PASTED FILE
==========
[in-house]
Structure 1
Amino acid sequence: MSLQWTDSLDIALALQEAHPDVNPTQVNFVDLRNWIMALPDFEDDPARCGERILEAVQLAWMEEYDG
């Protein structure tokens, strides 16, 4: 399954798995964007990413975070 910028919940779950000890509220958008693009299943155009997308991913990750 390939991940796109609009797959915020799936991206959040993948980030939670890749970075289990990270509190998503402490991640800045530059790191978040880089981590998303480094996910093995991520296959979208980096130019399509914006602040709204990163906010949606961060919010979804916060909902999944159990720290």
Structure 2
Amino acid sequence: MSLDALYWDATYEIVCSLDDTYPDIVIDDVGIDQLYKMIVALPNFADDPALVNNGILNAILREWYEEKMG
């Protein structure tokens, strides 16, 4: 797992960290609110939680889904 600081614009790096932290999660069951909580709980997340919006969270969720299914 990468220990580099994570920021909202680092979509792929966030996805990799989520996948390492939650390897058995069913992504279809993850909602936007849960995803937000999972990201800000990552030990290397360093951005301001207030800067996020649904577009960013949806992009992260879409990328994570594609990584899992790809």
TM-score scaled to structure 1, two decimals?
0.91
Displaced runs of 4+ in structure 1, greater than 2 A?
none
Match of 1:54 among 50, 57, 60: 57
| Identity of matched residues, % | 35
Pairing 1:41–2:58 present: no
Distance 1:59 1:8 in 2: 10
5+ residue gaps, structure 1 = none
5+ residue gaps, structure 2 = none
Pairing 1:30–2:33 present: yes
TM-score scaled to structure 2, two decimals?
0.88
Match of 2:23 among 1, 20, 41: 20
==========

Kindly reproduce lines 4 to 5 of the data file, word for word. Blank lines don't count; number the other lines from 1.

């Protein structure tokens, strides 16, 4: 399954798995964007990413975070 910028919940779950000890509220958008693009299943155009997308991913990750 390939991940796109609009797959915020799936991206959040993948980030939670890749970075289990990270509190998503402490991640800045530059790191978040880089981590998303480094996910093995991520296959979208980096130019399509914006602040709204990163906010949606961060919010979804916060909902999944159990720290």
Structure 2